Some animals have an extra eyelid called a nictitating membrane. This eyelid can be found in all kinds of creatures, including mammals, fish, and reptiles. While not animals use these eyelids in the same way, the nictitating membrane usually serves a very important purpose.
What kinds of animals have multiple eyelids, and how do these eyelids work? How is a nictitating membrane different from a normal eyelid? Read on to find out more about animals with nictitating membranes and the role that these extra eyelids play in the animal kingdom.
14 Animals With Multiple Eyelids
All dogs have an extra eyelid that helps to protect the eye and spread tear film. While you won’t be able to see this eyelid most of the time, some dogs develop a condition called cherry eye that causes the third eyelid to protrude. If a dog’s third eyelid is damaged, it’s possible to replace the eyelid through surgery.
Not only do cats have a third eyelid, but that eyelid has its own lacrimal gland. This gland is responsible for producing as many as 50% of a cat’s tears. Although a cat’s third eyelid usually isn’t visible, you may be able to see the edge of the eyelid when your cat is very relaxed.
An owl’s eyes are held in place by its skull, which means it can’t move its eyes up and down, side to side, or do anything but stare straight ahead. While owls may not be able to move their eyes, they can keep them safe thanks to their third eyelid. Owls can even see through their eyelid, allowing them to protect their eyes and look for prey at the same time!
There are more than 5,000 known species of frogs, and every one of those species has three eyelids! A frog’s third eyelid is semi-transparent and can completely cover the eye. Frogs use this extra eyelid to cover and protect their eyes while they’re underwater. Since the lid is transparent, they can detect predators and search for food even with their eyes closed.
5. Hammerhead Sharks
Not all shark species have three eyelids, but hammerhead sharks do. The hammerhead shark has widely set eyes that give them a complete 360 degree view of the world around them. Since hammerhead sharks rely on their vision, they use their third eyelid to protect their delicate eyes while they attack prey.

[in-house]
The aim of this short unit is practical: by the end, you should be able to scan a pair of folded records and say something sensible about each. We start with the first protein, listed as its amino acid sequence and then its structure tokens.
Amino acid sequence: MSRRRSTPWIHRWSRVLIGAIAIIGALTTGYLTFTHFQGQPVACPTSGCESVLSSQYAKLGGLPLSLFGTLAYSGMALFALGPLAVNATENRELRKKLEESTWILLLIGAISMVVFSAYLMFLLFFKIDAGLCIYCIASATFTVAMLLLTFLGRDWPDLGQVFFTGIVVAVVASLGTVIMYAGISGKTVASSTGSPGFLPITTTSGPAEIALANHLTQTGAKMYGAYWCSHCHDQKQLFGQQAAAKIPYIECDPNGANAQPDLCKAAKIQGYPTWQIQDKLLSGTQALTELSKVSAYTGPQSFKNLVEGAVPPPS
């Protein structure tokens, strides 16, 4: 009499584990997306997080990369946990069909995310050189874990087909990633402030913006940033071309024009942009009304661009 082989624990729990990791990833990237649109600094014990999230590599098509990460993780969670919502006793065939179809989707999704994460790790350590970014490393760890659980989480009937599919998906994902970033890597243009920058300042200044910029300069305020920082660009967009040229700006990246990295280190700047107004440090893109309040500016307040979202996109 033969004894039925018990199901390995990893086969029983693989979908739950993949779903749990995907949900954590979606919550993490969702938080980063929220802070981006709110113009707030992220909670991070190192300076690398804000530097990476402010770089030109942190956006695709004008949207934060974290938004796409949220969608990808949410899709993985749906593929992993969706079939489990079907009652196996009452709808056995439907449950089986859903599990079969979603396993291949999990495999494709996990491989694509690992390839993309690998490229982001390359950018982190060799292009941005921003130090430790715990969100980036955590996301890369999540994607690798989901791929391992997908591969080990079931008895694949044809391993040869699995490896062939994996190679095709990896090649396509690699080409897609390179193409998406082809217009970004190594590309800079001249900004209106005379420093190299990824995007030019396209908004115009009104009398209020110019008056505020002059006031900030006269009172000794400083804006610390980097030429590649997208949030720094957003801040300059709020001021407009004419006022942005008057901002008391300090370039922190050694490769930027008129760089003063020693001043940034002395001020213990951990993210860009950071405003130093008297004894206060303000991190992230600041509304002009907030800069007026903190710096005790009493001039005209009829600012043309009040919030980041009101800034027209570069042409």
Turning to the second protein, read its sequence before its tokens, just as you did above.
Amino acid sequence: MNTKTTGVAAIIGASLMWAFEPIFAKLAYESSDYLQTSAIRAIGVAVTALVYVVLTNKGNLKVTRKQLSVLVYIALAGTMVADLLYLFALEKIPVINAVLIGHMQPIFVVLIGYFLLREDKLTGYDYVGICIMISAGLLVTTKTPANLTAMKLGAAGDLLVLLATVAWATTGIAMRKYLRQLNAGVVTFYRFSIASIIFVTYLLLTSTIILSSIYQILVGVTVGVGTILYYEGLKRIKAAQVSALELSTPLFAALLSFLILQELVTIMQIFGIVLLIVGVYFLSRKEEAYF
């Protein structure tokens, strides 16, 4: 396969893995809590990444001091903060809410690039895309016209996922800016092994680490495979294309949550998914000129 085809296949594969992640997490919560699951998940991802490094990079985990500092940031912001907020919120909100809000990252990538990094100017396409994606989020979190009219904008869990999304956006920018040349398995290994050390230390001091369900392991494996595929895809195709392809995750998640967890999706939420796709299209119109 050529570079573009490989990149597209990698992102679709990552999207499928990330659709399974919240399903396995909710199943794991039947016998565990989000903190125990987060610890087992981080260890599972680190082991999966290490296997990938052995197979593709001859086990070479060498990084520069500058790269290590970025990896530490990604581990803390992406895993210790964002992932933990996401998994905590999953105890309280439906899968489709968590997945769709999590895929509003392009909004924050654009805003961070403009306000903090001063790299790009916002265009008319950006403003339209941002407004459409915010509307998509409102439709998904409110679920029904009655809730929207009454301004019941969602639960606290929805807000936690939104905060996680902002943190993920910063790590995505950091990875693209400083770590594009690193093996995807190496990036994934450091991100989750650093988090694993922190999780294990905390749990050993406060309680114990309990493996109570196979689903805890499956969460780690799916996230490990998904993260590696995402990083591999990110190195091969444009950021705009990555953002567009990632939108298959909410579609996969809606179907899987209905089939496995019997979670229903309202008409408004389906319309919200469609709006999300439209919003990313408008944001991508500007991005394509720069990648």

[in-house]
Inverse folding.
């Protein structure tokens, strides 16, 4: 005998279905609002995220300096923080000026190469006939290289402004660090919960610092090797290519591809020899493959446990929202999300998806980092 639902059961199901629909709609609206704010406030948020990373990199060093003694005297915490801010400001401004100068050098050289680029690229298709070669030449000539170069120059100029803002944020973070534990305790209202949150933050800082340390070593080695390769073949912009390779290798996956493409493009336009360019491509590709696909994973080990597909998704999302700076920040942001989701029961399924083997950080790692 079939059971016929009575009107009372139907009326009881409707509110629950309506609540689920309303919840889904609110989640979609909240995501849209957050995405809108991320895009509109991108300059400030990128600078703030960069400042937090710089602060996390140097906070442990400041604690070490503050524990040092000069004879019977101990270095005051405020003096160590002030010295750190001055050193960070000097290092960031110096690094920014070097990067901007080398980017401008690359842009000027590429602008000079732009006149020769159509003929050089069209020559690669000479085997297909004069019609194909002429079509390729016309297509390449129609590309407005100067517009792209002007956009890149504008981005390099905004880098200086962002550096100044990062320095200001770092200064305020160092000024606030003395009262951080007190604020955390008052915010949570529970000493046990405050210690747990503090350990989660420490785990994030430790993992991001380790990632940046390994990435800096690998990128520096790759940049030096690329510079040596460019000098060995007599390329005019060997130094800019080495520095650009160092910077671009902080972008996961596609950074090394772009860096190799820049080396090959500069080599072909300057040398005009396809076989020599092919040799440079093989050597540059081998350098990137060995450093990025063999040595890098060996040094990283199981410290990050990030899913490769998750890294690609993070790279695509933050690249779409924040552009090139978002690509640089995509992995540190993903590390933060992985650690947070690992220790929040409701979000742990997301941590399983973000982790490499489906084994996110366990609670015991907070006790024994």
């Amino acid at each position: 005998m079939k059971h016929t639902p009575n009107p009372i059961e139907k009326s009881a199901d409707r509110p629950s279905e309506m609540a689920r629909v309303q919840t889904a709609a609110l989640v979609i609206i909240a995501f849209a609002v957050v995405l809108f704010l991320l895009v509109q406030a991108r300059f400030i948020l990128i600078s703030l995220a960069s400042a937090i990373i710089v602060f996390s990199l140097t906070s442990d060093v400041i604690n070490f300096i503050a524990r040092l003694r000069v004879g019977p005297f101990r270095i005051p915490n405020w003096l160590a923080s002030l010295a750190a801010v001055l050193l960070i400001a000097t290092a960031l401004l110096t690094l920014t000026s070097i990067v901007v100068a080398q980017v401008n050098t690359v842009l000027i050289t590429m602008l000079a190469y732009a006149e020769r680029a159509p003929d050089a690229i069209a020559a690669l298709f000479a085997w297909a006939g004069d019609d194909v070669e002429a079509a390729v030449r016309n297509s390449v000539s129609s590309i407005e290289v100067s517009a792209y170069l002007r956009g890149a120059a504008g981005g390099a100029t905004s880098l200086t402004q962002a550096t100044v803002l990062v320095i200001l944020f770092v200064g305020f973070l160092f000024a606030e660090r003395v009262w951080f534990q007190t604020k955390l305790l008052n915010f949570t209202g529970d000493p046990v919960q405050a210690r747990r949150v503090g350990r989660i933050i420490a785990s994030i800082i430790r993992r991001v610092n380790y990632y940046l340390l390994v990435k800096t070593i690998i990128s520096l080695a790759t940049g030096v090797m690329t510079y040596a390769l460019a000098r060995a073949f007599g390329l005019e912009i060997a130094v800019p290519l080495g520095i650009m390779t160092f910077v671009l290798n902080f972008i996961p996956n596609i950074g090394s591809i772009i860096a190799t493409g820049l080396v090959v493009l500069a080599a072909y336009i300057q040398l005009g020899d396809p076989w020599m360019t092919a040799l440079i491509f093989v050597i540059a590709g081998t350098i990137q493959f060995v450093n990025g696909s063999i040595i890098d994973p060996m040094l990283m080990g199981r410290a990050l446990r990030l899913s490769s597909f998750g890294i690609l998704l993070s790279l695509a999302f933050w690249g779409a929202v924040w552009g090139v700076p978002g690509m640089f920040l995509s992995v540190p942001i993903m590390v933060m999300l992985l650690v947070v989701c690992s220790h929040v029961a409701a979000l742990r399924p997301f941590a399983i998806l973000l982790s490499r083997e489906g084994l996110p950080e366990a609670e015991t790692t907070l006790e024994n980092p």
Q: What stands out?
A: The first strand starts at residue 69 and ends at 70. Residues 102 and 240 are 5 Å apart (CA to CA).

Camels live in deserts, where it’s easy for sand to get trapped in eyes. Thankfully, since camels have a third eyelid, it’s easy for them to keep dust and sand from getting into their eyes. A camel’s third eyelid can also function like a contact lens, allowing a camel to see more clearly.
Beavers have a translucent third eyelid that allows them to retain some vision even when their eyes are close. A beaver will usually only use its third eyelid when it dives beneath the water. In addition to closing their eyes while they’re underwater, a beaver is able to close its ears and nose, allowing it to swim comfortably.
8. Bald Eagles
A bald eagle’s bottom eyelid is larger than its top eyelid, which means that an eagle shuts its eyes upwards! Eagles also have a third eyelid that helps to keep its eye moist and protect it from hazards. Since this eyelid is translucent, eagles can still see some things around them when this eyelid is closed.
9. Polar Bears
Polar bears live in arctic habitats that are covered with ice and snow. Even though these environments are chilly, that snow can reflect UV rays, which puts polar bears at increased risk for UV exposure. Thankfully, polar bears have a third eyelid that they can use like a pair of built-in sunglasses!
Most species of lizard live close to the ground, which makes it easy for debris to get into their eyes. Lizards are able to use their third eyelid to protect their eyes and to clear away any dust, dirt, or mud that’s gotten into their eye. In addition to having a third eyelid, there are some types of lizards, like iguanas, that have a third eye!
Seals are a marine mammal that’s actually able to sleep underwater! When seals sleep, they place their entire bodies under the water, but keep their snouts above the water’s surface so that they can breathe. Thanks to their third eyelids, their eyes have plenty of protection whether they’re awake or asleep.
Even though kangaroos come in many sizes, every species of kangaroo has a third eyelid. Most species of kangaroos live in hot and dry climates, which means it’s important for these marsupials to keep their eyes moist. Since kangaroos have an extra eyelid, they can easily produce tears and keep their eyes safe.
Hawks have a third eyelid that blinks horizontally rather than vertically. This eyelid is very thin, which means that hawks can still see through the eyelid while it’s closed. Hawks are fierce predators with sharp claws, and they use their third eyelid to keep their eyes safe while they swoop in to attack.
14. Alligators and Crocodiles
Like other reptiles, crocodiles and alligators have multiple sets of eyelids that protect their eyes. Alligators and crocodiles have 2 eyelids for each eye and when they submerge an additional membrane covers their eyes for added protection, making 3 eyelids for each eye.